Photos of Olivia Chow on right by Rebecca Baran
Pedal power in parliament: Olivia Chow
Driving change from the Hill
Story by Tammy Thorne from summer 2012 youth and employment issue of dandyhorse
Youth apathy towards our political status quo is at an all-time high.
Sixty-five per cent of 18 to 25-year-old Canadians didn’t vote in the last federal election.
Enter Olivia Chow. Chow is one of the most visible social advocates and politicians in Canada. And she’s fed up with the status quo.
In her current role as the NDP Transport and Infrastructure Critic, Chow is fighting for the mobility and safety of all Canadians across all modes of transportation. She recently tabled a private member’s bill, which calls on the federal government to take a leadership role through the introduction of a National Public Transit Strategy.
Coordination and dedicated funding for transit on a federal level is something both experts and cities across the country are calling for — and that Canada alone lacks among its G8 peers. Chow is deeply rooted in her downtown riding of Trinity-Spadina in Toronto— she bikes or takes the ttc everywhere from her home in Chinatown — so she knows how bike lanes, safe roads and accessible and affordable transit make our communities liveable and vibrant. Trinity-Spadina is home to the University of Toronto and numerous other elementary and high schools.
Since her election to federal government in 2006, Chow has pushed for a variety of high profile initiatives, including a universal national child care program and immigration reform.
She’s a veteran city councillor with decades of experience, having learned from cycling advocate and councillor Dan Leckie.
Married in 1988, Olivia Chow and Jack Layton (or “Olivia and Jack” as they were known) both worked tirelessly to make Canada a better place: first as city councillors in Toronto and then in parliament. Jack’s death last year made Olivia the touchstone for all the emotion that goes with fighting for a better country — and she is, without any doubt, determined to carry on the work he started as Leader of the Official Opposition.
Layton said last year; “Cities like Toronto are grappling with how to balance an effective public transit system at the same time as keeping the property tax reasonable.” (Municipalities have much more limited sources of revenue than provincial and federal governments, since the bulk of funding for the city comes mainly from property taxes.)
Chow’s Bill C-305 went through first reading on September 30, 2011. Her recommendations to the House Committee on Transport note that Canada is the only G8 country without a national transit strategy.
The goals of the bill are to provide fast, affordable and accessible public transit; increase access and use; reduce commute times and congestion; enhance quality of life; reduce greenhouse gas emissions and improve air quality. It states that to achieve these laudable and much needed results, coordination is needed between all levels of government to maintain and expand public transit.
Sounds dandy. So, we asked Chow: What’s the hold up with the national transit strategy? “Harper only knows how to look backwards,” says Chow. “He doesn’t understand what moving Canada forward is all about; it’s old thinking... it’s the status quo. Harper just doesn’t want to take any leadership role, or have any kind of real partnership with municipalities or transit authorities.” Chow continues, “Congestion is costing up to 6 billion per year in the GTA alone, so we know it’s a fiscally conservative move to support transit.”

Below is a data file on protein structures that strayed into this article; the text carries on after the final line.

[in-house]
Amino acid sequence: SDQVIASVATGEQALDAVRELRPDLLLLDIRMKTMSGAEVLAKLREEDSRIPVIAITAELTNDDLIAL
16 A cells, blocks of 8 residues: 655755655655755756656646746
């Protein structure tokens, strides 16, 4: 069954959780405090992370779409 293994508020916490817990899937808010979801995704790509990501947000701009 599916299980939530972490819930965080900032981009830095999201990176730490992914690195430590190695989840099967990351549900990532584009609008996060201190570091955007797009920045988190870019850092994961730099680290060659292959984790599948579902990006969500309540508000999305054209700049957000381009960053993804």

Chow in her Toronto riding of Trinity-Spadina on U of T campus downtown. Photo by Rebecca Baran.
Now that the NDP is in the Official Opposition in the House of Commons, will the party be able to force transit on to the federal agenda? “The first study that we did at the House Committee on Transport is a transit strategy, so that shows they understand it’s important — it’s just a question of what they are going to do about it.” Chow says the Conservatives want to control every detail, yet lack leadership when it comes to moving the country forward. “They don’t want to give more money to municipalities [for transit] but they want to do all the ribbon cutting,” she says. She suggests more funds could be found in the gas tax.
Cycling is not without its politics, either. During her years at City Hall, Chow was chair of the cycling committee. Now, in her federal role, she has called for a national cycling strategy. In 2011, she said: “The federal government should take a leadership role to promote cycling by dedicating infrastructure investments to create bicycle lanes, paths and secured parking. Transport infrastructure projects should incorporate the needs of cyclists in their design. Side guards on trucks should be installed to reduce cycling fatalities. Bike racks should be available on buses and financial incentives should be offered to Canadians buying new bikes. After all, 82 per cent of Canadians support federal government spending to encourage safe cycling and a healthy lifestyle.”
Youth are arguably the demographic with the most to gain from progressive policies like these. Young people rely on transit and bikes, especially those saddled with student debt, pounding the pavement in search of decent jobs. Riding a bike is great way to keep personal costs low, while contributing to the local economy — or even just to get to that first job interview on time.
This story originally appeared in our summer 2012 issue of dandyhorse.
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